Slideshow 10 ACA issues employers need information on

  • June 03 2014, 10:46am EDT
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1. Who qualifies as age 26 dependents?

Spouses, foster children, stepchildren and non-U.S. citizens are not included as dependents under the rule that many employers now must cover dependents up to the age of 26. Certain adopted children, however, are considered dependents. A child is considered a dependent for the entire calendar month that he or she turns age 26, according to Groom Law Group.

2. The look-back measurement method

An employer must count employees using the same method for all employees in a given category. The look-back period, according to Groom, “involves averaging the number of hours worked by the employee over the measurement period.” The employee categories are: Salaried employees and hourly employees, employees “whose primary places of employment are in different states,” collectively and non-collectively bargained employees and “each group of collectively bargained employees covered by a separate collective bargaining agreement.”

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3. Monthly measurement method

If the look-back method is not used, an employer can use the monthly measurement method, according to Groom. This means that “employees must be identified based on hours of service for each calendar month. Groom says it appears the IRS intends for this to be used to calculate liabilities because it is time contingent (an employer must wait until the end of the month).

4. Controlled groups

Groom says that the final shared employer responsibility rules provide that if one large employer member of a controlled group — companies with similar ownership — offers coverage for a month it “is treated as an offer of coverage by all large employer members for that month.” However, the large employer member definition is vague and advisers may need to seek additional guidance for their clients here, according to Groom.

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5. Third-party offers of coverage

If a professional employer organization, other employer organization or staffing firm offers coverage on the employer’s behalf to employees, “it is treated as an offer of coverage made by the client employer,” Groom says. Because there are requirements around the fee an employer must pay to the third-party, Groom says “it would be prudent for employers to specify in staffing agreements that a portion of the fee being paid to the staffing firm is for health coverage.”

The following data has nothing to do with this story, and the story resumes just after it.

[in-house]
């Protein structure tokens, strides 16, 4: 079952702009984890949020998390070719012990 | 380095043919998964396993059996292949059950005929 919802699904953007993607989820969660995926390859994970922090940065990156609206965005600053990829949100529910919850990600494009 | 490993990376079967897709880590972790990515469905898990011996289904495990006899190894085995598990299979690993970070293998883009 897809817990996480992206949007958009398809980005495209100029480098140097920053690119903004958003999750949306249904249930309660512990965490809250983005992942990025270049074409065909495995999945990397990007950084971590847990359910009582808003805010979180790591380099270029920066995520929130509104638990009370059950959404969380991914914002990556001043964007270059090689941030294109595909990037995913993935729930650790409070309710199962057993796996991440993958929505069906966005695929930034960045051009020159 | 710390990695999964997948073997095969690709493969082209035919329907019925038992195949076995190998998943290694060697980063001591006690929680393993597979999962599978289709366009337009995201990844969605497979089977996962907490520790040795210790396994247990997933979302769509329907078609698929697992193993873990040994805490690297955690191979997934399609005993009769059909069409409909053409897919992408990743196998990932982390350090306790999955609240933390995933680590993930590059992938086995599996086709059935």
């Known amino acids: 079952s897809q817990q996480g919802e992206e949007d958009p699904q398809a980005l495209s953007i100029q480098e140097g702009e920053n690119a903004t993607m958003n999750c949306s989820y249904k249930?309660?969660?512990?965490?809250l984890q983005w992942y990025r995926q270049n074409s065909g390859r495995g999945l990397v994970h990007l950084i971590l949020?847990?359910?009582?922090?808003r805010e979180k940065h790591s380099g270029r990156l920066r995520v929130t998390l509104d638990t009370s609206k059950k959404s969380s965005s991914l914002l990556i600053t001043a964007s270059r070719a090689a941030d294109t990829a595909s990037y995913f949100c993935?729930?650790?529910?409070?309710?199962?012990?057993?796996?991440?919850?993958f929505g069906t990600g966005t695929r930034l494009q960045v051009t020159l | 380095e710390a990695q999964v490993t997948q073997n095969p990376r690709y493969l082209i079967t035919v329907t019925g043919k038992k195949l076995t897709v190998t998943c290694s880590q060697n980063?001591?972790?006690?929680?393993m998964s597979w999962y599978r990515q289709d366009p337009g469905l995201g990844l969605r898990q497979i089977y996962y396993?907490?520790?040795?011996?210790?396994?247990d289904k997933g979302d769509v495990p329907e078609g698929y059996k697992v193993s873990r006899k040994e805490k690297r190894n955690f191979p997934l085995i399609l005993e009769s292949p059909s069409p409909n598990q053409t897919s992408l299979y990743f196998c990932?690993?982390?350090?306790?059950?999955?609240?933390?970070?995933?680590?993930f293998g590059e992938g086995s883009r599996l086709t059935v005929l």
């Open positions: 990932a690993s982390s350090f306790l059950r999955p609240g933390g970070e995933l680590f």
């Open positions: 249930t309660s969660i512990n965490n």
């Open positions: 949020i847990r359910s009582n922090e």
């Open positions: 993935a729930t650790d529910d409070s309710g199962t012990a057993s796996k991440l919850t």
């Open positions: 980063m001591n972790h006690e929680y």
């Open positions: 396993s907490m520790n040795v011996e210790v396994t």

6. Employee orientation period and waiting period rules

Groom says the orientation period for a new employee must not exceed one month. After that, there’s a waiting period — a time “that must pass before coverage for an individual who is otherwise eligible to enroll under the terms of a group health plan can become effective” — that must not exceed 90 days for an employer to offer coverage. Advisers should be aware that “employers must also comply with the rule that coverage be effective by the first day of the calendar month following a period of three full calendar months in which the full-time employee began employment.”

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7. Cumulative hours of service requirement

This requirement cannot exceed 1,200 hours but still must be met within 90 days or the employer could face penalties, according to Groom Law Group and the final employer shared responsibility regulations. Benefit advisers should be sure to check clients’ cumulative hours of service agreement for compliance and ensure that if an employee does not meet the hours within 90 days, they’re still offered coverage.

8. Reporting to employees

Groom says a large employer is one that employs an average of 50 or more full-time employees or full-time equivalents in the calendar year that just passed and they must “file the section 6056 form and furnish a copy to each full-time employee.” Self-funded employers, insurers, government agencies and several others must file the 6055 form and “furnish a copy to each responsible individual,” which includes the employee, primary on the plan, former employee, etc.

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9. Fitting within safe harbor

There are two areas of “transition relief” in the final employer shared responsibility regulations. First, Groom says, there’s the “good faith standard for 2015 penalty relief,” in which there will be no penalties for optional 2014 reporting and no penalties for incorrect or incomplete 2015 filings of 6055 or 6056 if a good faith effort is deemed. Also, there’s a form of simplified reporting for 2015 for 6056 forms but not 6055 forms, so be sure to read up on the rules to determine employer applicability.

10. Fitting within permanent safe harbors

There are some other alternatives to reporting for employers that must comply with 6056 of the ACA. The first involves certification of qualifying offers along with the offer of minimum essential coverage to the employee’s spouse and dependents. Advisers should be well-versed in this clause to determine if the conditions are met, Groom says.